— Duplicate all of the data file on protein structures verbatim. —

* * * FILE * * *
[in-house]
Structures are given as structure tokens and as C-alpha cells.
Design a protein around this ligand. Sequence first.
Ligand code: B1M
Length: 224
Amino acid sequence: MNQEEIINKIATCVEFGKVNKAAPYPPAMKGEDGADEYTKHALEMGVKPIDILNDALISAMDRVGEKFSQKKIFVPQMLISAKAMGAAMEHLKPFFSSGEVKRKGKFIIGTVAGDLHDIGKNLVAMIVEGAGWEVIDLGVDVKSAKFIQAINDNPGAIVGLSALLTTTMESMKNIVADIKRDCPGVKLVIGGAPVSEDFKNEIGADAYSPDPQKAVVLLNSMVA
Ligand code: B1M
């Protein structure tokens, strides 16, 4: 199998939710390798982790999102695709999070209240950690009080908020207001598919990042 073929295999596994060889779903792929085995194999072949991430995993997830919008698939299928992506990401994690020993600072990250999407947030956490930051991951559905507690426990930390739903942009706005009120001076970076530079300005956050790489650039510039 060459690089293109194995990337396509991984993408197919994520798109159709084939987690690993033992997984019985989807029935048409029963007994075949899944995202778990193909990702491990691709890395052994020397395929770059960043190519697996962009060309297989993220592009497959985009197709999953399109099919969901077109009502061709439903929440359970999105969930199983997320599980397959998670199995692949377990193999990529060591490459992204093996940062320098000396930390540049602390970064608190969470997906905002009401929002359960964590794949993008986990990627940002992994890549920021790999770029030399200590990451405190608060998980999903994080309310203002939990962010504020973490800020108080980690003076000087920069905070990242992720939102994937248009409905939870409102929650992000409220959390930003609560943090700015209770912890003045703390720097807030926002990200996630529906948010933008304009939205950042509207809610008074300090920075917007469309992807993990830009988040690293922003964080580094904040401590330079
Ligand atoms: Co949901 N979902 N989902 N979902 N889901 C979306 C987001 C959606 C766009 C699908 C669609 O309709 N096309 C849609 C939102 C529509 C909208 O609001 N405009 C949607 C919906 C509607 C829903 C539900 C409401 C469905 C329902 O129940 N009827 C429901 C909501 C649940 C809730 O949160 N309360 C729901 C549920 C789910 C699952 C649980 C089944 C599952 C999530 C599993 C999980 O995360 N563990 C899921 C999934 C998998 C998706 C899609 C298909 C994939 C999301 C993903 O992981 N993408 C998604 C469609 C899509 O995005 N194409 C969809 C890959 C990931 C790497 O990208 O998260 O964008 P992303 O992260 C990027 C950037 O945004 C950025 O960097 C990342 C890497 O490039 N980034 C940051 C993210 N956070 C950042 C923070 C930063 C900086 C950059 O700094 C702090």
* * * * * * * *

[in-house]
Structures are given as structure tokens and as C-alpha cells.
Design a protein around this ligand. Sequence first.
Ligand code: B1M
Length: 224
Amino acid sequence: MNQEEIINKIATCVEFGKVNKAAPYPPAMKGEDGADEYTKHALEMGVKPIDILNDALISAMDRVGEKFSQKKIFVPQMLISAKAMGAAMEHLKPFFSSGEVKRKGKFIIGTVAGDLHDIGKNLVAMIVEGAGWEVIDLGVDVKSAKFIQAINDNPGAIVGLSALLTTTMESMKNIVADIKRDCPGVKLVIGGAPVSEDFKNEIGADAYSPDPQKAVVLLNSMVA
Ligand code: B1M
């Protein structure tokens, strides 16, 4: 199998939710390798982790999102695709999070209240950690009080908020207001598919990042 073929295999596994060889779903792929085995194999072949991430995993997830919008698939299928992506990401994690020993600072990250999407947030956490930051991951559905507690426990930390739903942009706005009120001076970076530079300005956050790489650039510039 060459690089293109194995990337396509991984993408197919994520798109159709084939987690690993033992997984019985989807029935048409029963007994075949899944995202778990193909990702491990691709890395052994020397395929770059960043190519697996962009060309297989993220592009497959985009197709999953399109099919969901077109009502061709439903929440359970999105969930199983997320599980397959998670199995692949377990193999990529060591490459992204093996940062320098000396930390540049602390970064608190969470997906905002009401929002359960964590794949993008986990990627940002992994890549920021790999770029030399200590990451405190608060998980999903994080309310203002939990962010504020973490800020108080980690003076000087920069905070990242992720939102994937248009409905939870409102929650992000409220959390930003609560943090700015209770912890003045703390720097807030926002990200996630529906948010933008304009939205950042509207809610008074300090920075917007469309992807993990830009988040690293922003964080580094904040401590330079
Ligand atoms: Co949901 N979902 N989902 N979902 N889901 C979306 C987001 C959606 C766009 C699908 C669609 O309709 N096309 C849609 C939102 C529509 C909208 O609001 N405009 C949607 C919906 C509607 C829903 C539900 C409401 C469905 C329902 O129940 N009827 C429901 C909501 C649940 C809730 O949160 N309360 C729901 C549920 C789910 C699952 C649980 C089944 C599952 C999530 C599993 C999980 O995360 N563990 C899921 C999934 C998998 C998706 C899609 C298909 C994939 C999301 C993903 O992981 N993408 C998604 C469609 C899509 O995005 N194409 C969809 C890959 C990931 C790497 O990208 O998260 O964008 P992303 O992260 C990027 C950037 O945004 C950025 O960097 C990342 C890497 O490039 N980034 C940051 C993210 N956070 C950042 C923070 C930063 C900086 C950059 O700094 C702090």